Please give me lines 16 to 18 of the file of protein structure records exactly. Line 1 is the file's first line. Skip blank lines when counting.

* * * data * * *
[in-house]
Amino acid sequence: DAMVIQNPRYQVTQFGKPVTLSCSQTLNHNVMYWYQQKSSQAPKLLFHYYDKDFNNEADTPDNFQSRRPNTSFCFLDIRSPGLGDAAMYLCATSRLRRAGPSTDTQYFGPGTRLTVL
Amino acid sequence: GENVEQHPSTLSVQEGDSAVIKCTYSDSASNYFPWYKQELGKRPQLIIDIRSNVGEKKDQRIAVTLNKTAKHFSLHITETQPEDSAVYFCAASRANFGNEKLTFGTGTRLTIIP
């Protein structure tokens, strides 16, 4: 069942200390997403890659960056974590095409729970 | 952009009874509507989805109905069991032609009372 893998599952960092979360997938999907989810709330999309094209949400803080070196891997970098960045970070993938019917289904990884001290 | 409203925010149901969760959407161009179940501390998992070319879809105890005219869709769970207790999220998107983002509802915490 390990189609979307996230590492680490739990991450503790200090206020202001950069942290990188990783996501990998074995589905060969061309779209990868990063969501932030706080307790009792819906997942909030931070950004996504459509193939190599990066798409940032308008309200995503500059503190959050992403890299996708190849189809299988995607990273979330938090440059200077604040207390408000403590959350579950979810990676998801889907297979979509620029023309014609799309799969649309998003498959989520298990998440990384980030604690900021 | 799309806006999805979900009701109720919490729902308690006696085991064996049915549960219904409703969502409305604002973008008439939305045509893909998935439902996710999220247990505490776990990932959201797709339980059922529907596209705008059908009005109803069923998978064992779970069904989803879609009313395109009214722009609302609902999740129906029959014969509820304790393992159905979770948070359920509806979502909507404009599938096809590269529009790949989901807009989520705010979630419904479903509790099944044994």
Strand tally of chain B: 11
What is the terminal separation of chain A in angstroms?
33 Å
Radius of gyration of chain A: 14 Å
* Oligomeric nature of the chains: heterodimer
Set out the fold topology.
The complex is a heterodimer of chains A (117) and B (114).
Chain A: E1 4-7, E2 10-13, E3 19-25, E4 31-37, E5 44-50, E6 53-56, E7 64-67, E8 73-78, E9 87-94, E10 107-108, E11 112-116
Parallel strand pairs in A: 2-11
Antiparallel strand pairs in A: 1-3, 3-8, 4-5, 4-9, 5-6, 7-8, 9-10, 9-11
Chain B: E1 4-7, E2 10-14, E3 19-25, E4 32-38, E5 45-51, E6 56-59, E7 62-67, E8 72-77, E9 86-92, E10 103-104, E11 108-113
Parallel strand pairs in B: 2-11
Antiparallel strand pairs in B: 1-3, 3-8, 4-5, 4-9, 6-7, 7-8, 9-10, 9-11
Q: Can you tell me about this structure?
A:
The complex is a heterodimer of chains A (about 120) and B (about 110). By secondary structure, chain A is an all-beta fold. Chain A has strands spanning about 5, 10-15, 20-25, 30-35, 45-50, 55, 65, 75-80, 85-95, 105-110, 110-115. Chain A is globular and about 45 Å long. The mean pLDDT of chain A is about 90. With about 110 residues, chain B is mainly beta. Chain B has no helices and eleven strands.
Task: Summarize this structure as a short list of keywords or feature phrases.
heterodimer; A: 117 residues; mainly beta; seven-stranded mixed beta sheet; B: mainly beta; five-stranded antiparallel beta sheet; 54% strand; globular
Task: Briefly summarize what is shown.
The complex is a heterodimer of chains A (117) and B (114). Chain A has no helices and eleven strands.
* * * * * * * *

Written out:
Parallel strand pairs in B: 2-11
Antiparallel strand pairs in B: 1-3, 3-8, 4-5, 4-9, 6-7, 7-8, 9-10, 9-11
Q: Can you tell me about this structure?